# Beta-distribution

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A continuous probability distribution concentrated on $(0, 1)$ with density

$$\tag{1 } \beta _ {m, n } (x) = \ \frac{1}{B (m, n) } x ^ {m - 1 } (1 - x) ^ {n - 1 } ,$$

where the parameters $m, n$ are non-negative and the normalizing factor $B(m, n)$ is Euler's beta-function

$$B (m, n) = \ \int\limits _ { 0 } ^ { 1 } x ^ {m - 1 } (1 - x) ^ {n - 1 } \ dx = \frac{\Gamma (m) \Gamma (n) }{\Gamma (m + n) } ,$$

where $\Gamma (n)$ is the gamma-function. The distribution function is expressed as the incomplete beta-function

$$B _ {m, n } (x) = \ \frac{1}{B (m, n) } \int\limits _ { 0 } ^ { x } y ^ {m - 1 } (1 - y) ^ {n - 1 } dy,\ \ 0 < x < 1$$

(this function has been tabulated, see , ). The moments of the beta-distribution are given by the formulas

$$m _ {k} = \ \frac{B (m + k, n) }{B (m, n) } ,\ \ k = 1, 2 , . . . .$$

In particular, the mathematical expectation and the variance are $m/(m + n)$ and $mn/ \{ (m + n) ^ {2} (m + n + 1) \}$, respectively. If $m > 1$ and $n > 1$, the density curve $\beta _ {m,n} (x)$ has a single mode at the point $x = (m - 1)/(m + n - 2)$ and vanishes at the ends of the interval. If either $m < 1$ or $n < 1$, one ordinate at the end of the graph becomes infinite, and if both $m < 1$ and $n < 1$, both ordinates at the ends of the interval are infinite and the curve is U-shaped. If $m = 1$ and $n = 1$ the beta-distribution reduces to the uniform distribution on the interval $(0, 1)$. Another special case of the beta-distribution is the so-called arcsine distribution:

$$\beta _ {1/2, 1/2 } (x) = \ \frac{1}{\pi \sqrt {x (1 - x) } } .$$

If one substitutes $x = 1/(1 + t)$ in (1), then one obtains a distribution having the density

$$\tag{2 } \beta _ {m,n} ^ \prime (t) = \ \frac{1}{B (m, n) } \cdot \frac{t ^ {m - 1 } }{(1 + t) ^ {m + n - 2 } } ,\ \ 0 < t < \infty .$$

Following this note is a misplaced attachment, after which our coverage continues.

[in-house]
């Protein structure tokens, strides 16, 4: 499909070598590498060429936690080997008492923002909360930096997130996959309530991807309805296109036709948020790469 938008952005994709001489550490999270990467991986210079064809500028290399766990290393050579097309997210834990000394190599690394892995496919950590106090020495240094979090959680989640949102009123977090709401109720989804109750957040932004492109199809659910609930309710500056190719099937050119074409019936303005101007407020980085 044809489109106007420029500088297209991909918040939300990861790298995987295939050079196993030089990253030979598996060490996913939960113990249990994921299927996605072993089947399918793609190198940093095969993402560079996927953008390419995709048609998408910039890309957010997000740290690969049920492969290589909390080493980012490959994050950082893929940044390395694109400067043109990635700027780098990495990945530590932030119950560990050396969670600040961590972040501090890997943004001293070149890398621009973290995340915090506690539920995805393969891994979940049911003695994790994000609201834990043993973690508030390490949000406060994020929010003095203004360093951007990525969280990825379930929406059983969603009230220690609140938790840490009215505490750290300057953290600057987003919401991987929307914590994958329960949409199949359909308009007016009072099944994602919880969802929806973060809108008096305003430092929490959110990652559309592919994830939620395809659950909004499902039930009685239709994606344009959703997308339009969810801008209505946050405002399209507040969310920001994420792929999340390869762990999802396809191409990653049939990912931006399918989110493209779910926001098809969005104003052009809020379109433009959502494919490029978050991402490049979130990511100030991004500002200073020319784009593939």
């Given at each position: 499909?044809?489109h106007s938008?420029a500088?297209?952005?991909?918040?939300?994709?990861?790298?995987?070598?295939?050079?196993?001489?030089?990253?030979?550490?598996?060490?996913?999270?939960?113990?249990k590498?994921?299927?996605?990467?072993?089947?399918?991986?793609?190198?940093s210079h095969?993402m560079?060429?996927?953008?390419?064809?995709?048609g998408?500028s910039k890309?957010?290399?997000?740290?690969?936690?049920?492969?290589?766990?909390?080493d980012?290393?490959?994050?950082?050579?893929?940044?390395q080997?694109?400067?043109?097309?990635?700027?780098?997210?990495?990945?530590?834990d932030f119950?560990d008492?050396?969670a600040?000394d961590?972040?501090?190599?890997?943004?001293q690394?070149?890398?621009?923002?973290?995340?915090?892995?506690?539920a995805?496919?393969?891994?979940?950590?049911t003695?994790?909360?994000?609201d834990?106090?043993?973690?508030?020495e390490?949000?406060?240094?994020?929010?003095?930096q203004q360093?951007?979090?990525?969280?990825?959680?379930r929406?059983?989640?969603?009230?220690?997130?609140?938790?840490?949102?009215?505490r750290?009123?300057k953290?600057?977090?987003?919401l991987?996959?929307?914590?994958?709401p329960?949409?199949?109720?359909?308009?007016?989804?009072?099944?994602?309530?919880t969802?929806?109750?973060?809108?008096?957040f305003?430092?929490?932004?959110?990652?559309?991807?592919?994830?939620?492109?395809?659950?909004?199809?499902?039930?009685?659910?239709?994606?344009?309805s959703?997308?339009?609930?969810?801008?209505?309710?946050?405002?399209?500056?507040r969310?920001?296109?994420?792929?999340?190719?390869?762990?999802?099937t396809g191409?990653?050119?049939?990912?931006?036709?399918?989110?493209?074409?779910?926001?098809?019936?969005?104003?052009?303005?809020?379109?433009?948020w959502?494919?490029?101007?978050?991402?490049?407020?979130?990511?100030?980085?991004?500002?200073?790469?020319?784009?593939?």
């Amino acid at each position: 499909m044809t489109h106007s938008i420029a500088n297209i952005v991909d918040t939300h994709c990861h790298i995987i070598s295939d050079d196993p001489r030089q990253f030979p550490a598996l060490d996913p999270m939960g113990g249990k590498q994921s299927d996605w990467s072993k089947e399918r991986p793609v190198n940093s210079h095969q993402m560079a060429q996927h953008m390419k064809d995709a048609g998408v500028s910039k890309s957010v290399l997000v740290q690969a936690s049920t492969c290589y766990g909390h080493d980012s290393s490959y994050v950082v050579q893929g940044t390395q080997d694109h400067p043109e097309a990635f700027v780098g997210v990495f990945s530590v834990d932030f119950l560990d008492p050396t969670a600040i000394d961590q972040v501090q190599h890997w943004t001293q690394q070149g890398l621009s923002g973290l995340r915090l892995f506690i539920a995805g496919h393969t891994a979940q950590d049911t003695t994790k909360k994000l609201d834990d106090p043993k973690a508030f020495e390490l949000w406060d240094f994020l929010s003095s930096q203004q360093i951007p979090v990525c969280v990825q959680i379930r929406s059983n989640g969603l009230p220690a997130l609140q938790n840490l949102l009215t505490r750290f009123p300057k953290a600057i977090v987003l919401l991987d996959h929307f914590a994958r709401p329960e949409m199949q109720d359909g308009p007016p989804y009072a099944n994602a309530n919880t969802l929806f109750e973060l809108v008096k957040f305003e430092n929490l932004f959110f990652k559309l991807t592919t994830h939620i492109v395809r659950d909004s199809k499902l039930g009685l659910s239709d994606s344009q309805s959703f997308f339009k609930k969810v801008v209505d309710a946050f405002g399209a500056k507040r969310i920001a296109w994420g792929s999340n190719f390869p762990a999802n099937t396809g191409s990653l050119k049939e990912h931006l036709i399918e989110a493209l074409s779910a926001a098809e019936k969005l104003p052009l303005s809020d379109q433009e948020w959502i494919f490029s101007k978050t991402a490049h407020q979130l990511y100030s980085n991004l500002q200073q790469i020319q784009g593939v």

This distribution is called a beta-distribution of the second kind, as distinct from the beta-distribution (1). The distributions (1) and (2) correspond to "type I" and "type VI" distributions in the system of Pearson curves. An important case of generation of a beta-distribution is the following: If $X _ {1}$ and $X _ {2}$ are independent and have gamma-distributions (cf. Gamma-distribution) with respective parameters $m$ and $n$, then the random variable $X _ {1} / (X _ {1} + X _ {2} )$ will have a beta-distribution with density $\beta _ {m,n} (x)$. This fact to a large extent explains the role played by beta-distributions in various applications, in particular in mathematical statistics: The distributions of several important statistics are reducible to beta-distributions. For instance, the distribution function of the $F$- relationship

$$F _ {m, n } = \ \frac{n \chi _ {m} ^ {2} }{m \chi _ {n} ^ {2} }$$

(the random variable $\chi _ {k} ^ {2}$ has a $\chi ^ {2}$- distribution with $k$ degrees of freedom) is expressed by the formula

$${\mathsf P} (F _ {m, n } < x) = \ B _ {m/2, n/2 } \left ( \frac{mx}{n + mx } \right )$$

(the values of the $F$- distribution are usually calculated with the aid of tables of beta-functions). The beta-distribution function also allows one to compute the values of the binomial distribution functions, in view of the relationship

$$B _ {n - m, m + 1 } (1 - p) = \ \sum _ {k = 0 } ^ { m } \left ( \begin{array}{c} n \\ k \end{array} \ \right ) p ^ {k} (1 - p) ^ {n - k } .$$

Beta-distributions are used in fields other than mathematical statistics; thus, the density of the beta-distribution is the weight function for the system of orthogonal Jacobi polynomials.

How to Cite This Entry:
Beta-distribution. Encyclopedia of Mathematics. URL: http://encyclopediaofmath.org/index.php?title=Beta-distribution&oldid=46045
This article was adapted from an original article by A.V. Prokhorov (originator), which appeared in Encyclopedia of Mathematics - ISBN 1402006098. See original article